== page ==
Wednesday, August 22, 2007

Gay Marriage - The next battlefield in the war for equality.

While reading another blog, I was directed to a particularly, well, asinine, piece posted on MySpace by a guy writing under the handle Astrochronic. This piece is arguing that marriage equality for gays was, somehow, an infringement of civil liberties for straight people. His argument is, basically, homosexuality is a "dysfunction" and that gay people cannot form the required attachment that you would find between married people. Because gay people disagree with this perspective, he claims they are "self deluded." He throws in occasional arguments about morality, mental health issues, the media, and how gays living their lives is bad for society. In this blog I am going to answer the major points of piece in question, though, not necessarily in the order that they were presented.

You will also notice one other thing in this response that is not present in the original piece. In my response, for questions of fact, you will find citations. When discussing our government and governing documents, you will find quotations. These facts and figures will not convince the die hard fundamentalist, much as Galileo was unable to convince the fundamentalists of his time that the Earth revolved around the sun. Rather, this response is aimed at the middle - the fair minded people who can weigh the facts before making a decision.

Regarding religious arguments against homosexuality, specifically questions as to the morality of homosexuality and homosexual relationships:

The gay marriage debate is one involving the granting of civil rights and responsibility by the state. In America, we have the separation of church and state. While Christians may claim that this separation is the creation of an activist Supreme Court, the first person to coin the phrase was actually Thomas Jefferson, who wrote, "Believing with you that religion is a matter which lies solely between man and his God, that he owes account to none other for his faith or his worship, that the legislative powers of government reach actions only, and not opinions, I contemplate with sovereign reverence that act of the whole American people which declared that their legislature should 'make no law respecting an establishment of religion, or prohibiting the free exercise thereof,' thus building a wall of separation between church and State."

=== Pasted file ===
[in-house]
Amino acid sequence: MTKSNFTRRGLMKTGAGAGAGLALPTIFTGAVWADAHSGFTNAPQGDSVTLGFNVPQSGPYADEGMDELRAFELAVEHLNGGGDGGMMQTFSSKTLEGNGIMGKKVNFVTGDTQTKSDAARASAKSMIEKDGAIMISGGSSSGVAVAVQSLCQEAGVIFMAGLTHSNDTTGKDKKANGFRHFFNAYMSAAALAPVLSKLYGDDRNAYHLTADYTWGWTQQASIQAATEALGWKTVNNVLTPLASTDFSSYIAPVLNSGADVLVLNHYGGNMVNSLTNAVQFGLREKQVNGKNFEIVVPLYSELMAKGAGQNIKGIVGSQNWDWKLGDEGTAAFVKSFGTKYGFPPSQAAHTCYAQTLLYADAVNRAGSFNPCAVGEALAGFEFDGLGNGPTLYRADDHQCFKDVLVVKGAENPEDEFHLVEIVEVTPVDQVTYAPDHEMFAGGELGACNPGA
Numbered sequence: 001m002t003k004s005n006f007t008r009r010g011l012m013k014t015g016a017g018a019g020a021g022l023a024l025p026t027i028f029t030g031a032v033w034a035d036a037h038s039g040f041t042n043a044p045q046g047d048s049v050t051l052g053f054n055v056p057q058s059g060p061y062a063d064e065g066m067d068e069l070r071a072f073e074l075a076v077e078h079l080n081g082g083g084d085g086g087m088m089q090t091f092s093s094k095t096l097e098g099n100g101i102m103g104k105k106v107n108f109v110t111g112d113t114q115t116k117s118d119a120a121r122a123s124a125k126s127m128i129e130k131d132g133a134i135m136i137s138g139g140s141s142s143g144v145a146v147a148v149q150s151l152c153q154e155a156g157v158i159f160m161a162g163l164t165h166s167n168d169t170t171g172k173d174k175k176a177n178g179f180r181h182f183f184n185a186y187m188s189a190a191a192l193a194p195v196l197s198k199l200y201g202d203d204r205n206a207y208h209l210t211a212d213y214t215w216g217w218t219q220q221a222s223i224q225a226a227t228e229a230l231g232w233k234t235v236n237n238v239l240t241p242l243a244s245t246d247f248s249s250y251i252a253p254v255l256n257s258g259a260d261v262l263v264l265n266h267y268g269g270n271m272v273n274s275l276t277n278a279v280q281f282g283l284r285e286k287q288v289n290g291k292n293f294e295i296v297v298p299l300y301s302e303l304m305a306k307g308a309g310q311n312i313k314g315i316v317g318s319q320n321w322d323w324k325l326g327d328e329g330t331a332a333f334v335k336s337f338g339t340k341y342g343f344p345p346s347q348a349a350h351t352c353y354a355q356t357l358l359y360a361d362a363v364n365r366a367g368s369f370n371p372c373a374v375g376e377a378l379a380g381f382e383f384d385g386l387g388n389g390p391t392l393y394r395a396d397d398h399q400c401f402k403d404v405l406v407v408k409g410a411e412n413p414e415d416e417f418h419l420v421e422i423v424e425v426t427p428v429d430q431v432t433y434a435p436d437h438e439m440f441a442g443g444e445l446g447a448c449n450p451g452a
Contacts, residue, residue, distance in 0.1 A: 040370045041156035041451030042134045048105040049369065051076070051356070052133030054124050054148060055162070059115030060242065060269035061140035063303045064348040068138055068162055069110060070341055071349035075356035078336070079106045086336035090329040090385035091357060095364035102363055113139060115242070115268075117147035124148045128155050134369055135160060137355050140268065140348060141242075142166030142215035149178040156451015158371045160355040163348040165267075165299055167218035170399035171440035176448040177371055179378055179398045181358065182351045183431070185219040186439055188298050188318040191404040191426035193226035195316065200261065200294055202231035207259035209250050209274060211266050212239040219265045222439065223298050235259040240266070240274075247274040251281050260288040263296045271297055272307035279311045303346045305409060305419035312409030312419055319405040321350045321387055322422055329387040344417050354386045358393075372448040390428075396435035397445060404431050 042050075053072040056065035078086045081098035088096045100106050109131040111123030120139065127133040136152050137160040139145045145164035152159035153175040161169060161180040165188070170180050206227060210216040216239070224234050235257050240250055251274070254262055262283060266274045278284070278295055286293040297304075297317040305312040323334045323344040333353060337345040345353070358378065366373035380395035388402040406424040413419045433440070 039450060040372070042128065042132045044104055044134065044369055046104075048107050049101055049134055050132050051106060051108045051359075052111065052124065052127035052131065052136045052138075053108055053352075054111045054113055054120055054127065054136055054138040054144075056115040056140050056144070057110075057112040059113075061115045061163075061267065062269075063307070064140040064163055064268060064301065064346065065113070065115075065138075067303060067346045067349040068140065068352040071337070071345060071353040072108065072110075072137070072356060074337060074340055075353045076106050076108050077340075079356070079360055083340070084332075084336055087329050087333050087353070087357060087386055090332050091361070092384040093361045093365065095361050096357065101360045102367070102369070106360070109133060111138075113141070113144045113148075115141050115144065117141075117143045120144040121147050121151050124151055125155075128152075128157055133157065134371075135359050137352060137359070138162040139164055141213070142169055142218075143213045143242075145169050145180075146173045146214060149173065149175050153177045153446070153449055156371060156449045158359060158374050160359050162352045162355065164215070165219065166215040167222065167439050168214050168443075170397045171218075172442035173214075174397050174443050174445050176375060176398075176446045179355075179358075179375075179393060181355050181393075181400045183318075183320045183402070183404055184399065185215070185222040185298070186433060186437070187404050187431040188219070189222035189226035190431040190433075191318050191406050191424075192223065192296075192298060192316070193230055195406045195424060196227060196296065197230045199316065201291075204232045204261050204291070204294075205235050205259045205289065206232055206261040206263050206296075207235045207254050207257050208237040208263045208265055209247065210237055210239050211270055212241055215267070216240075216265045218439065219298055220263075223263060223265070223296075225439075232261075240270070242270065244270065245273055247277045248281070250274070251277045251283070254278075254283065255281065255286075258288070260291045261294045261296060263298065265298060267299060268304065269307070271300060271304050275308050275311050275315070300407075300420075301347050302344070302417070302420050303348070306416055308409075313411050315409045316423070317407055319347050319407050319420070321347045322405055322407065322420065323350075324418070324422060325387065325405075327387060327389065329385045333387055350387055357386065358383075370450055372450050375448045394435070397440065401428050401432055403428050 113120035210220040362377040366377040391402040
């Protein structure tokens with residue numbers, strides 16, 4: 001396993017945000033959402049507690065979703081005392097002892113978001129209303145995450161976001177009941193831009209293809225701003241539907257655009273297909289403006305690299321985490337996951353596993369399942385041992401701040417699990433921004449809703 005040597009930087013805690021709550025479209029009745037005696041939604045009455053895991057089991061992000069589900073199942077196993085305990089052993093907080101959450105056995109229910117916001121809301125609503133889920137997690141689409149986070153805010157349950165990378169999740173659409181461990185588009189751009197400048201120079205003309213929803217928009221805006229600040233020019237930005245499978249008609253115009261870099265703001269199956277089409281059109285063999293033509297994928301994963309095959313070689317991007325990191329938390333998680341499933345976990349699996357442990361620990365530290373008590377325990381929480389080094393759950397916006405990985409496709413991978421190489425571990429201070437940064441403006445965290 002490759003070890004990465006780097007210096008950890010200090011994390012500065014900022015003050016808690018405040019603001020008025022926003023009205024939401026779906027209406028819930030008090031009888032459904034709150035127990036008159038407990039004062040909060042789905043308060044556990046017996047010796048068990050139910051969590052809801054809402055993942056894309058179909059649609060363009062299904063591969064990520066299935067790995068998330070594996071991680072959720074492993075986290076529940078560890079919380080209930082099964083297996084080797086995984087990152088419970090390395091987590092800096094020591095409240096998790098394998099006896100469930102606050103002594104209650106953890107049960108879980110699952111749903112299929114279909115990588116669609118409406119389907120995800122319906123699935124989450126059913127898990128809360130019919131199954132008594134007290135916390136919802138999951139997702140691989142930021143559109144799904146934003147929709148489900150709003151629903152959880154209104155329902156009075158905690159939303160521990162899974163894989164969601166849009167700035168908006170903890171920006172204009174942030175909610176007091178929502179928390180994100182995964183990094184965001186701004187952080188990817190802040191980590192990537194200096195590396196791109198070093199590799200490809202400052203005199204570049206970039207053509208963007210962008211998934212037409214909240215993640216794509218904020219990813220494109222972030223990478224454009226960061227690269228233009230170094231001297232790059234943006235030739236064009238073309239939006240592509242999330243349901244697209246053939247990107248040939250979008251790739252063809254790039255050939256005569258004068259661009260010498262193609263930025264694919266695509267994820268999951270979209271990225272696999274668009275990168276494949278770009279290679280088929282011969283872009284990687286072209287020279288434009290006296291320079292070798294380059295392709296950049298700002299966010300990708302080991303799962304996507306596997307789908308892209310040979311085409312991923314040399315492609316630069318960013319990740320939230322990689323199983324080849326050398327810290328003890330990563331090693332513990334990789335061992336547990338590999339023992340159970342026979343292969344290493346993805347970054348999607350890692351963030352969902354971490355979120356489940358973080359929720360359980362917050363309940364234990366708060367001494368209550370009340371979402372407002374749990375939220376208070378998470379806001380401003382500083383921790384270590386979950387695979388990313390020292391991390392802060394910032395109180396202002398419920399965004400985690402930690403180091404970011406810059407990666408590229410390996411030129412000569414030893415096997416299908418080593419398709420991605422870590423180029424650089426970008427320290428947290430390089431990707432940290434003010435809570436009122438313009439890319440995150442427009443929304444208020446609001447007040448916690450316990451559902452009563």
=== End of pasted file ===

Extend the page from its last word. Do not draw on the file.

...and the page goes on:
Will this convince the fundamentalists? Well, no... Unfortunately, God Himself probably couldn't either. However, regardless of what they want to claim, our government is secular and was intended by its creators to be secular. The question of whether gay marriage or homosexuality is moral or not is for each individual to decide for themselves, not for the state to decide. Our Constitution promises each American equal protection under the law. Giving 1049 rights and privileges through marriage to heterosexual couples, while denying them to homosexual couples breaks this promise. Judging which interpersonal relationships between consenting adults are moral or not is not, nor should it ever be, the business of the state.

Regarding the assertion that homosexuality is a dysfunction or a disorder:

The American Psychological Association has the following to say regarding homosexuality being a disorder, "Psychologists, psychiatrists and other mental health professionals agree that homosexuality is not an illness, mental disorder or an emotional problem. Over 35 years of objective, well-designed scientific research has shown that homosexuality, in and itself,is not associated with mental disorders or emotional or social problems. Homosexuality was once thought to be a mental illness because mental health professionals and society had biased information. In the past the studies of gay, lesbian and bisexual people involved only those in therapy, thus biasing the resulting conclusions. When researchers examined data about these people who were not in therapy, the idea that homosexuality was a mental illness was quickly found to be untrue."

The American Psychiatric Association says, "All major professional mental health organizations have gone on record to affirm that homosexuality is not a mental disorder. In 1973 the American Psychiatric Association’s Board of Trustees removed homosexuality from its official diagnostic manual, The Diagnostic and Statistical Manual of Mental Disorders, Second Edition (DSM II). The action was taken following a review of the scientific literature and consultation with experts in the field. The experts found that homosexuality does not meet the criteria to be considered a mental illness."

The two major professional organizations for the mental health field both say homosexuality is not a disorder. As such, Astrochronic's primary argument that gays suffer from a disorder is shown to be false.

Regarding the assertion that homosexual relationships cannot be as fulfilling as heterosexual relationships, and that heterosexual relationships are the ideal:

In 2003 a study was published that was conducted by Dr. John Gottman of the University of Washington and Dr. Robert Levenson of the University of California at Berkley on gay couples and their relationship dynamics. During an interview with a University of Washington campus publication, Dr, Gottman said, "Gay and lesbian couples are a lot more mature, more considerate in trying to improve a relationship and have a greater awareness of equality in a relationship than straight couples."